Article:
Online Program

Stakeholder perceptions of genetic research on racial/ethnic minority groups and ethical responsibilities of volunteers, investigators, and editors

Tuesday, November 5, 2013

Emmanuel Ngui, DrPH, MSc, Joseph J. Zilber School of Public Health,, University of Wisconsin-Milwaukee, Milwaukee, WI
Teddy Warner, PhD, Family and Community Medicine, University of New Mexico, Albuquerque
Laura Roberts, M.D., M.A., Department of Psychiatry and Behavioral Sciences, Stanford University School of Medicine, Stanford
Context. Genetic research involving racial/ethnic minority populations has unique social, legal, and ethical implications for various stakeholders including participants, investigators, and institutional review boards. Objective. To examine community and professional stakeholder perspectives on the ethical acceptability of participating and reporting of genetic research focused on racial/ethnic minority groups. Method: Analysis of multisite survey data using repeated measures MANOVA to examine stakeholder views regarding ethical issues related to psychiatric genetic research. Participants included: 1) Racial/ethnic community members (n=182) who reported they had (a) serious mental illness (n=71), (b) close family member with serious mental illness (n=54), or (c) neither of these experiences (n=57); 2) psychiatric genetic researchers (n=183); and 3) national sample of IRB chairs (n=203). Results. All stakeholder groups perceived participation in genetic studies focused on racial/ethnic minority groups to be highly ethically acceptable and agreed that it is ethically acceptable for minority individuals to decline to participate in such studies if concerned about possible discrimination or stigmatization. Stakeholders disagreed considerably on the ethical acceptability of researchers or journal editors similarly concerned choosing not to publish genetic study results focused on racial/ethnic minority groups. Conclusion. Community and professional stakeholders support participation in research to explore scientific genetic issues of specific relevance to minority groups but recognize that the results of such studies may contribute to further discrimination or stigmatization. Stakeholders are not aligned in their perspectives of the professional responsibilities of investigators and editors in balancing the ethical issues intrinsic to advancing science and minimizing harm to potentially vulnerable populations.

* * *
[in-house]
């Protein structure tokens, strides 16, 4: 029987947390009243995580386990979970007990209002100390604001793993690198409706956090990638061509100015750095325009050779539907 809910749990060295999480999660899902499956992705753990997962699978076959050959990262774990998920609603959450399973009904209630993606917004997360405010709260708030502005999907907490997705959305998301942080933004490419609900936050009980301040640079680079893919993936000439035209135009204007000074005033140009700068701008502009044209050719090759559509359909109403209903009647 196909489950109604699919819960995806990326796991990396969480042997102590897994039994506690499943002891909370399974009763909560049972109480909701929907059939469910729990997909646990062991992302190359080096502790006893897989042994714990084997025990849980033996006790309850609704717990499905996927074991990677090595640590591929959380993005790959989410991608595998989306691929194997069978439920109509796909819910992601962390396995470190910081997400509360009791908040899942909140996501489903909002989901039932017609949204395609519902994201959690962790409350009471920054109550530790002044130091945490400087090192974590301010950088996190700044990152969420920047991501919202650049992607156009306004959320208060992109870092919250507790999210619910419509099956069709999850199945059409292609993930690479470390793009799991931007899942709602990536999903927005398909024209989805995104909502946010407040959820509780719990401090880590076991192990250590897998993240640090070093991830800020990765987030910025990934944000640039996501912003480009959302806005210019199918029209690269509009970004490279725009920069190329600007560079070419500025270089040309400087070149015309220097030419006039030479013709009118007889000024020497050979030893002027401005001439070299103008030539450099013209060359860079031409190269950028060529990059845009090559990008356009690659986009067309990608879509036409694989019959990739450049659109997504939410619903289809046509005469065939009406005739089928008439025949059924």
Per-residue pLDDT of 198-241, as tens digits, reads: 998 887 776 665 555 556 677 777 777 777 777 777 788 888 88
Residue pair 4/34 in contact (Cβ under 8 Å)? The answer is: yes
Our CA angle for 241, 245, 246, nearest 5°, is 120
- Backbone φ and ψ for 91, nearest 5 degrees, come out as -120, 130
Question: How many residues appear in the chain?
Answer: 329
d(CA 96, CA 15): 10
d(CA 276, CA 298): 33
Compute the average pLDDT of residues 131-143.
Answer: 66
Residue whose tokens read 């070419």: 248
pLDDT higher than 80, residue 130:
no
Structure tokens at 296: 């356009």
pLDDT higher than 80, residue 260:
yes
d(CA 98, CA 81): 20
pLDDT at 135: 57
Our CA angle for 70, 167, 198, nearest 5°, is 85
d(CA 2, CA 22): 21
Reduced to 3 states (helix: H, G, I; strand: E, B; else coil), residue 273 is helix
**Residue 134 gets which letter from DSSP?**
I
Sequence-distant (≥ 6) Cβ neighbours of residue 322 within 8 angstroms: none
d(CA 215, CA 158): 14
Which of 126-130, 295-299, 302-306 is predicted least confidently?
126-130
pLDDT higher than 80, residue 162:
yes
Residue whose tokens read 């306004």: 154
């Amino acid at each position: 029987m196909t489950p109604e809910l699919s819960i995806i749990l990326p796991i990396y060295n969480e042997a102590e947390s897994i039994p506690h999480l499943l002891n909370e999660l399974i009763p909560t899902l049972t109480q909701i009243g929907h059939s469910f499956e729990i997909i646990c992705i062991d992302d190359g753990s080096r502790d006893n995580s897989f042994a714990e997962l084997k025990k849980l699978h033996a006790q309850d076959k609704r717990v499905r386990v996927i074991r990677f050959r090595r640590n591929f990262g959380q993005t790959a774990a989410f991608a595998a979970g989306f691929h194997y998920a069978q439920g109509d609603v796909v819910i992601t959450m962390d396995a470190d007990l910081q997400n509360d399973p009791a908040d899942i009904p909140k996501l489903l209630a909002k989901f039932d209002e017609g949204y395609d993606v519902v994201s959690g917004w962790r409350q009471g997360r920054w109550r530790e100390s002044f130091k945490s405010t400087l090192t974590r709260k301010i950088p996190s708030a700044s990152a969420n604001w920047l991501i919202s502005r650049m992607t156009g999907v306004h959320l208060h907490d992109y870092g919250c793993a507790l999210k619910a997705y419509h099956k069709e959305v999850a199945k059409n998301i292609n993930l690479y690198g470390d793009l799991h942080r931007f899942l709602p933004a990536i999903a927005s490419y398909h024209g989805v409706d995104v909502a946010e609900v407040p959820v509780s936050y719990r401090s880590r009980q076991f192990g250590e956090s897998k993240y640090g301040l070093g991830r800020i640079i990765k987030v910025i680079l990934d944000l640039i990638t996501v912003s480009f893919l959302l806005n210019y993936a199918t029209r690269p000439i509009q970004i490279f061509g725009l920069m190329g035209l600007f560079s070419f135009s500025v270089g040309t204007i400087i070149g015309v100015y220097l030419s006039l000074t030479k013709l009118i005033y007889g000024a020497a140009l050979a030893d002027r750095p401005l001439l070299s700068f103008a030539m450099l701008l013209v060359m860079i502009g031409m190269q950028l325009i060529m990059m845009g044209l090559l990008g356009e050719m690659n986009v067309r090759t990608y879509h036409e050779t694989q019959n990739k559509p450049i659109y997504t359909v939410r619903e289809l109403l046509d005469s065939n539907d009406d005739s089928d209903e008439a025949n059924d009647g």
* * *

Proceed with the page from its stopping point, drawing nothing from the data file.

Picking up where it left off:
Learning Areas:

Diversity and culture
Ethics, professional and legal requirements
Planning of health education strategies, interventions, and programs
Public health or related research
Social and behavioral sciences

Learning Objectives:
Discuss perspectives of different stakeholders on ethical acceptability of genetic research focused on minority groups Discuss perspectives of different stakeholders on ethical acceptability of editors declining to publish genetic findings out of concerns for potential discrimination or stigmatization of minority groups

Keyword(s): Ethics, Genetics

Presenting author's disclosure statement:

Qualified on the content I am responsible for because: I have been a co-investigator of the project and participated in design, analyses and writing of the manuscript
Any relevant financial relationships? No

I agree to comply with the American Public Health Association Conflict of Interest and Commercial Support Guidelines, and to disclose to the participants any off-label or experimental uses of a commercial product or service discussed in my presentation.